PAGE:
Strategize your retirement exit:

You can’t go over it, can’t go around it — you must go through it … with a plan in mind. Weiner says strategizing your exit will rest your angst and also put you in the best possible situation once your final working hour closes. So go on, ask yourself: where do you want to be — and who do you want to be — when that day arrives? Probably not over-exhausted to your bones, but in a happy place of balance and accomplishment. “You might be looking for a big shift in your career and where you want it to take you on the tail end of your final decade of work. By now, you are practicing more work-life balance and also realizing the importance of vacation days and time away to travel,” she says. Sit with your investment advisor and with your family, and determine your timeline so you stay the course—sans fear.

Serve as a mentor:

Workplace expert and industrial-organizational psychology practitioner Amy Cooper Hakim, Ph.D. says professionals in their 50s will reap rewards (and hey, some karma) from giving back to budding workers. Not only will you be an important figure in their career, but it might ignite a renewed sense of optimism and creativity in yours. “One of the biggest gifts you can give to your field and community is to help those who are in need of mentoring. As you teach a mentee the tricks of the trade, you may even be inspired by your mentee’s enthusiasm and overall interest,” she explains.

By Lindsay Tigar for www.theladders.com

Finding CE Credit Opportunities That Make Sense for You

By John Ganoe, CAE
Executive Director

CAMICB is a program dedicated to professional growth and competency and has designed the CMCA Recertification process to encourage certified managers to continually pursue professional development in the community association management field.  To facilitate these efforts, a Committee appointed by the CAMICB Board of Commissioners meets monthly to review and approve anywhere between 40 and 60 applications each month from various providers.

While there are more than 800 pre-approved continuing education courses, many of which are free or low-cost and can be found on the CAMICB.org web site, we also believe in flexibility and want to make sure you take the courses that best support your professional path.  If there’s a course or event you’re interested in that’s not included on the approved list of continuing education, managers are encouraged to submit the continuing education opportunity to CAMICB for approval.

Remember, the topics must pertain specifically and primarily to community association operations or management (e.g., operations, administration, legal requirements), are relevant to your professional development (e.g., Quickbooks, Excel, effective communications, leadership, etc.) or have a direct impact on your community. For example, if you manage a primarily Spanish-speaking community, and are interested in taking a Spanish language course, CAMICB would consider approving those credits.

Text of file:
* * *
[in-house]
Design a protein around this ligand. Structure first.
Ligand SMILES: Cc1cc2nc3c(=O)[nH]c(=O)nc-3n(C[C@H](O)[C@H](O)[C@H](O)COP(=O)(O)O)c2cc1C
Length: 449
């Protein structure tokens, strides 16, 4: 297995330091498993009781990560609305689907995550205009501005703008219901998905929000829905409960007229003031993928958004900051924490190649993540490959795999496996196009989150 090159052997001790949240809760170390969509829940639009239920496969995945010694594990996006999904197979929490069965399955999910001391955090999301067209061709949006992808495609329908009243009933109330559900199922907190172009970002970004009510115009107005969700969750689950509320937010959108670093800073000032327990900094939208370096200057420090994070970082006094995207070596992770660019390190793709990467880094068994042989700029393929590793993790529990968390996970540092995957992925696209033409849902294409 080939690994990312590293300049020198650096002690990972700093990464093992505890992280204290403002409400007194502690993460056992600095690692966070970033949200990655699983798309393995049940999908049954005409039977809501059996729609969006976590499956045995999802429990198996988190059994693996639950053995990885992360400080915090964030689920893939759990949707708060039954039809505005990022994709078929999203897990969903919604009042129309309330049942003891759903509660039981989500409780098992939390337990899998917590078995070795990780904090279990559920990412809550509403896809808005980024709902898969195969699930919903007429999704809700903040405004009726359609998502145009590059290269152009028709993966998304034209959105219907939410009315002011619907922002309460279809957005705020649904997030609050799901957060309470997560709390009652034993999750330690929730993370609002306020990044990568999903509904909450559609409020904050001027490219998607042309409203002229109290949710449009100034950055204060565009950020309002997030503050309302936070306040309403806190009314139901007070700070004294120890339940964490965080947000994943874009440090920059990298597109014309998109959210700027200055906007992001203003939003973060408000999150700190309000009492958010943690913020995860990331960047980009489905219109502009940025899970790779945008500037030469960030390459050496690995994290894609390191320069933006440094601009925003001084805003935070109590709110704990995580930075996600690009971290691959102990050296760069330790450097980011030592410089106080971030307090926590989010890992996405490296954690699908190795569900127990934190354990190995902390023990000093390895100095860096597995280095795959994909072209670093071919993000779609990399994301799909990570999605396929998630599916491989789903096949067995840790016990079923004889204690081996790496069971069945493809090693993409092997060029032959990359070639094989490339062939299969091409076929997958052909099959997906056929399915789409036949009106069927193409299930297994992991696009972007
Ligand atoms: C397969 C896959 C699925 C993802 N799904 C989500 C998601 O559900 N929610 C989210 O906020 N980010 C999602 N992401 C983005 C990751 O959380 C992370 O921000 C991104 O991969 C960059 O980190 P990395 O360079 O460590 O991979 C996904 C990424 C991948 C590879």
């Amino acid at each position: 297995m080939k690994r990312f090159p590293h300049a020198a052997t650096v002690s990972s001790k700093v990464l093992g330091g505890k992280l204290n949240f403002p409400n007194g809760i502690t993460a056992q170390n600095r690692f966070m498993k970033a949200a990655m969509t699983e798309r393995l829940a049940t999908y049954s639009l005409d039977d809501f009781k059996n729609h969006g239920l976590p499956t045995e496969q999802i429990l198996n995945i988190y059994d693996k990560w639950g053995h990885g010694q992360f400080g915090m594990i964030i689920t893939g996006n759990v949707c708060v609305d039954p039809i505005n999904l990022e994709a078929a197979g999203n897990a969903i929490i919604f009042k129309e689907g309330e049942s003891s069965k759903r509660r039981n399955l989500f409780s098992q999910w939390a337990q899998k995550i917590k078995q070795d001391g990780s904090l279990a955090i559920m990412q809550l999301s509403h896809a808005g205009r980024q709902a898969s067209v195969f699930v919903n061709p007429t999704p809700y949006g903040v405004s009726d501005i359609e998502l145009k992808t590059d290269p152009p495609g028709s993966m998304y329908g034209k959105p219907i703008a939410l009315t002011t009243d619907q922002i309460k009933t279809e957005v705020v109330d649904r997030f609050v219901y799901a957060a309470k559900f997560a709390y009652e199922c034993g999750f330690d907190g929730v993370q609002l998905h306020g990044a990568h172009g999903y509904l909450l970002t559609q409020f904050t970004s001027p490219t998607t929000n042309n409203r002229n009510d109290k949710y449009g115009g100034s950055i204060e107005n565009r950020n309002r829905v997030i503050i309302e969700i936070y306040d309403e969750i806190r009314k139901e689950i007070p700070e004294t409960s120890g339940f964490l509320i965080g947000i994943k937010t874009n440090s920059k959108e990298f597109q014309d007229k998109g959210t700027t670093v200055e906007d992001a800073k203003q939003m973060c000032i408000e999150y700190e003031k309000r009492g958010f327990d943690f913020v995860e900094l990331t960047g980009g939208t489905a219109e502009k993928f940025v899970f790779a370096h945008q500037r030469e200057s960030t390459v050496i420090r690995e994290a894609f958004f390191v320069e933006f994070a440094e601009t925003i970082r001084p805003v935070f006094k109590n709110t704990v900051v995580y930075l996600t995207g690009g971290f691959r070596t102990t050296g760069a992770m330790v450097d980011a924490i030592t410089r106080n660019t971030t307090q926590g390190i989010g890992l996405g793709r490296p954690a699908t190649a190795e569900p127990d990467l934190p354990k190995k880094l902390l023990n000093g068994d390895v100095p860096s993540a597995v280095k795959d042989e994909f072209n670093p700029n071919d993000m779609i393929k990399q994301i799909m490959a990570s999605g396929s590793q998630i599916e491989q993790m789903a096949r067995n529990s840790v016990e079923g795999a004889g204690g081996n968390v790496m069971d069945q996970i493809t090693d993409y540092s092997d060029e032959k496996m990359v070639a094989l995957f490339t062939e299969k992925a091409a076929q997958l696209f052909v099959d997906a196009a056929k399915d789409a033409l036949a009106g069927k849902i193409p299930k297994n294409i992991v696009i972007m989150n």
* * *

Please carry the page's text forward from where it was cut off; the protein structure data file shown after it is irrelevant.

Approval can be granted in one of two ways: by either asking the course provider to complete and submit the CE Course Provider Application or by submitting the program outline or agenda, including dates, times, and speaker bios, to CAMICB yourself.  Similarly, college courses may be submitted for approval if the classwork meets the criteria described in the CMCA Handbook

A Snapshot of Available Resources & Tips for Finding CE Credits

Be sure to review Section 4 of the CMCA Handbook for a primer on earning continuing education credits, as well as the Continuing Education Page at www.camicb.org for an overview of credit and coursework specifications.

Next, consider the many already approved options available to complete your continuing education coursework from the List of Approved Continuing Education, including pre-approved courses offered by the Community Associations Institute (CAI).

Take advantage of your local CAI chapter by monitoring any upcoming events or classes that have been approved for continuing education credit. To find your local chapter, go to the Find a Chapter page on the CAI website.

And don’t forget to explore free or low-cost webinars that are offered by the following providers:

 

Brene Brown, Satya Nadella, and Tim Cook Believe in This Essential Leadership Trait

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All agree empathy is a leadership trait.

At the beginning of the year I read an article from Melinda Gates explaining how instead of setting a New Year’s resolution, she chooses a word of the year. Like Melinda, I was drawn to the simplicity of focusing on one word for 12 months.

I’ve always believed entrepreneurs have a strong sense of empathy because it’s at the core of what they do–understanding customer pain points to develop thoughtful solutions that meet customers’ needs. But empathy isn’t just good for business, it’s good for humanity. That’s why this year I’ve committed to focusing more on empathy in the workplace–to practice empathy as a leader and encourage others to do so.

Over the last five months, I’ve had some successes, and naturally, some failures. Here’s what I’ve learned.

Empathy can be learned.

Many amazing leaders openly discuss the importance of empathy–Brene Brown on how it’s good for relationships, Satya Nadella on how it’s good for innovation, and Tim Cook on how it’s good for inclusiveness.

One thing they all have in common is the notion that empathy can be learned–and they’re right. Research validates that those who believe empathy can be developed are more likely to engage in behaviors to help them develop it.

Empathy is contagious.

The best way to have your team adopt a more empathic mindset is to start with yourself. You’ll find its effect to be contagious which, in return, shapes work culture.

Take, for example, an employee who misspeaks in a meeting. If the manager responds with an outburst, the employee feels inadequate and as a result, the culture becomes timid over time. Alternatively, if the manager responds empathetically, they have the ability to shape an empathic culture that yields trust and inclusiveness.